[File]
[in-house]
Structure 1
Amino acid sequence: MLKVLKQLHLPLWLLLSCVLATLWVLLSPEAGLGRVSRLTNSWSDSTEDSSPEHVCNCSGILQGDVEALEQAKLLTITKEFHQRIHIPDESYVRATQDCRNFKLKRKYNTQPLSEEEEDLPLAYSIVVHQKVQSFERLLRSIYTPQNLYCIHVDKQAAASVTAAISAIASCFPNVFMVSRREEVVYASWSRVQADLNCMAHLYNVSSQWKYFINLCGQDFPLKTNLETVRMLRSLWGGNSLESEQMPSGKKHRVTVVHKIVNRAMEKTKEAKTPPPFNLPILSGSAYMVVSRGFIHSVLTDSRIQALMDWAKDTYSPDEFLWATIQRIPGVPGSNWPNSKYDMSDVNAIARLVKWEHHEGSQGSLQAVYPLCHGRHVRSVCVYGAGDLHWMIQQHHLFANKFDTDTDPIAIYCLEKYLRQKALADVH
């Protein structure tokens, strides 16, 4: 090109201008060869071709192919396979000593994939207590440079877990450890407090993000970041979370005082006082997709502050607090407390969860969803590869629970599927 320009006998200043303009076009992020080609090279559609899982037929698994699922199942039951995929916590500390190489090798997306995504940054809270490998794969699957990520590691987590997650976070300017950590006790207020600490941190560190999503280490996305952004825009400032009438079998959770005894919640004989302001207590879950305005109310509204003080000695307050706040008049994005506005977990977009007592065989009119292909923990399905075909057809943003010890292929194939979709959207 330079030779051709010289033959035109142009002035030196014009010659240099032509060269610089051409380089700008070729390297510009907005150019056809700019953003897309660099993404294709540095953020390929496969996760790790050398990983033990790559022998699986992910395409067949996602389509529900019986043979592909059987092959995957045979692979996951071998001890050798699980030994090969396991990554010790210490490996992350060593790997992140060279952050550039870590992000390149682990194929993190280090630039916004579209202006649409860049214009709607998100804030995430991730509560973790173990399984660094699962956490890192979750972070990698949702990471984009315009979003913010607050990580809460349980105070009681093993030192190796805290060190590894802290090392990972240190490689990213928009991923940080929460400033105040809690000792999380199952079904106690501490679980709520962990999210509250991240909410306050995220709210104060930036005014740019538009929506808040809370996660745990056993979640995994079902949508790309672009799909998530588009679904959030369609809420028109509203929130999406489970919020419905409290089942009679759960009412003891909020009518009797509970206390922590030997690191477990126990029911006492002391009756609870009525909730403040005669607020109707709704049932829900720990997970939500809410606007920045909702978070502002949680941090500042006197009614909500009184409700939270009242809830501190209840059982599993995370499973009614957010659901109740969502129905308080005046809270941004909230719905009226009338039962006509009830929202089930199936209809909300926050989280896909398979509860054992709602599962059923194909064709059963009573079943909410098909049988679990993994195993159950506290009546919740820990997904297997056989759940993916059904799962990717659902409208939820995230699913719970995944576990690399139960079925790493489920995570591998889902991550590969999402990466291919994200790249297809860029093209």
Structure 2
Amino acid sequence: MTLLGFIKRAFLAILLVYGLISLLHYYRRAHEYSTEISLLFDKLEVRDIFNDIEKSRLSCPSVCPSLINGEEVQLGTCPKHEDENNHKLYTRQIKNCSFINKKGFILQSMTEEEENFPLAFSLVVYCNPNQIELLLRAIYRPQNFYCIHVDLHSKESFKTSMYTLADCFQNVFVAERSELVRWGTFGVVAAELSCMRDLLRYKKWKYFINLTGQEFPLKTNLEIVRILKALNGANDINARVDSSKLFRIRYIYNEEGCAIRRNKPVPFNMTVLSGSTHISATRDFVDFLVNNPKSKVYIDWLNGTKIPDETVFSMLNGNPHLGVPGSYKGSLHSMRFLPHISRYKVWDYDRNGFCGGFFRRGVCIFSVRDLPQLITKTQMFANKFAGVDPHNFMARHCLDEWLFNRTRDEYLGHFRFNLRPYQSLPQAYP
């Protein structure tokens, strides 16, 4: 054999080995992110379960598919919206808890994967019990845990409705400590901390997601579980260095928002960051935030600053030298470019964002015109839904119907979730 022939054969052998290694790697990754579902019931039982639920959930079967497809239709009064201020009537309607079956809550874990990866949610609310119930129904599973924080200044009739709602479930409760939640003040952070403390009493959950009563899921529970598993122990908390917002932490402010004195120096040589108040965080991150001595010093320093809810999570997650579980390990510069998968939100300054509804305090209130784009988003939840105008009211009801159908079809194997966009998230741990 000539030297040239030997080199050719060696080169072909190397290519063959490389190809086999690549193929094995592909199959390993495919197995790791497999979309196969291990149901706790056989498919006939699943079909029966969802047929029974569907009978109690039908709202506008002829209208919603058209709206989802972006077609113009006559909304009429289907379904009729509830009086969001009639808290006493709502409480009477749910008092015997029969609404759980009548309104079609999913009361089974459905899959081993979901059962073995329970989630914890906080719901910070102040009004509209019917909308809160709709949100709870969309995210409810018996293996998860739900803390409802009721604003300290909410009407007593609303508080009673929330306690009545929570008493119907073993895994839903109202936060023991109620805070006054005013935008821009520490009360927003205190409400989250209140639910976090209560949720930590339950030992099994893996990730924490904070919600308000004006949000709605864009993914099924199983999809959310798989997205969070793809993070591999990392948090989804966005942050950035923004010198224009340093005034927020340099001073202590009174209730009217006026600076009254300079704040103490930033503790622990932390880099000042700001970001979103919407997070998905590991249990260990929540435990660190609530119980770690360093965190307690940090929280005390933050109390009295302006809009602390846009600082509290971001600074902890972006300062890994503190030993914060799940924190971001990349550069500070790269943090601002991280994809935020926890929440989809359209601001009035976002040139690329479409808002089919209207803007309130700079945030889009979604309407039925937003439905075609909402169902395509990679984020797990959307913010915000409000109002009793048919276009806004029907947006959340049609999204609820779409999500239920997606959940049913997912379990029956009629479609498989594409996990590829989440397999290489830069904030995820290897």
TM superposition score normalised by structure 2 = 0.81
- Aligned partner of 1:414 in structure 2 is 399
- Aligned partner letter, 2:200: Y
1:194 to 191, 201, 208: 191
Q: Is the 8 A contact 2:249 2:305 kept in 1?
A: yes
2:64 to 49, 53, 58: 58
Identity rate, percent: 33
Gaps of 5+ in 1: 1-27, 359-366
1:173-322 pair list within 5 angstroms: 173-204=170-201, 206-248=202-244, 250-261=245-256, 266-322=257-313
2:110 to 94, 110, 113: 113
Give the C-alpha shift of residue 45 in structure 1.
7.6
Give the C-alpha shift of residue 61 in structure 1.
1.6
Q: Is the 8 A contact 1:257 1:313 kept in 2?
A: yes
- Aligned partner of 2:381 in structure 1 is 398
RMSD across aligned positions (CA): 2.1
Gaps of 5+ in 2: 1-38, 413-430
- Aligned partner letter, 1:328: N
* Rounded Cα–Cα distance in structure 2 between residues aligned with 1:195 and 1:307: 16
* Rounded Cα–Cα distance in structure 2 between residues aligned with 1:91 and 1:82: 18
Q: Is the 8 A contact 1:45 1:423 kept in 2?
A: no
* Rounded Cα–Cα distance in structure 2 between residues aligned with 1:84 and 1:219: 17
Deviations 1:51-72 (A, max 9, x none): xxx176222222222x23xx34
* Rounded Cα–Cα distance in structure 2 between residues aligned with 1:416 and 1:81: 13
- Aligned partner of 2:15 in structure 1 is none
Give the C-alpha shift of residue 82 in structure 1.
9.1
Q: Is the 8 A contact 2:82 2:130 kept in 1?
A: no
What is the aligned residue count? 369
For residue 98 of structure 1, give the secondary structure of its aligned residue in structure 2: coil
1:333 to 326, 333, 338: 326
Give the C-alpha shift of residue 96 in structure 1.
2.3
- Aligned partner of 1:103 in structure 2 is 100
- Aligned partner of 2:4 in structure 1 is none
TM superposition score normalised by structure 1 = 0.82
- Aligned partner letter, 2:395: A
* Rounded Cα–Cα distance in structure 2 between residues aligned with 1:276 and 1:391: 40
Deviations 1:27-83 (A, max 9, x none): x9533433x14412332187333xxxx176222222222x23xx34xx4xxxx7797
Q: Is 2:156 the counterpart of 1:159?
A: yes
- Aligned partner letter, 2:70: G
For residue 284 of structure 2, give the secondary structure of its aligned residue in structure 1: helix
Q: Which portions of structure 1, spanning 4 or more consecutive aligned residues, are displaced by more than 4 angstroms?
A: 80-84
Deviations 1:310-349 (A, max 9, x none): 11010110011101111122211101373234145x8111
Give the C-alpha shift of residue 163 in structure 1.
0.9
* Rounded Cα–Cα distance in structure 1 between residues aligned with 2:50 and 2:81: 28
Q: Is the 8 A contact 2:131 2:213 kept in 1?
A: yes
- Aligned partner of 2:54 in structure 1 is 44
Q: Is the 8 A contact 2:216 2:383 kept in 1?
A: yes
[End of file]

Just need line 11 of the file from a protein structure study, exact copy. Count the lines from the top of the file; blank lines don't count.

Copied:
1:194 to 191, 201, 208: 191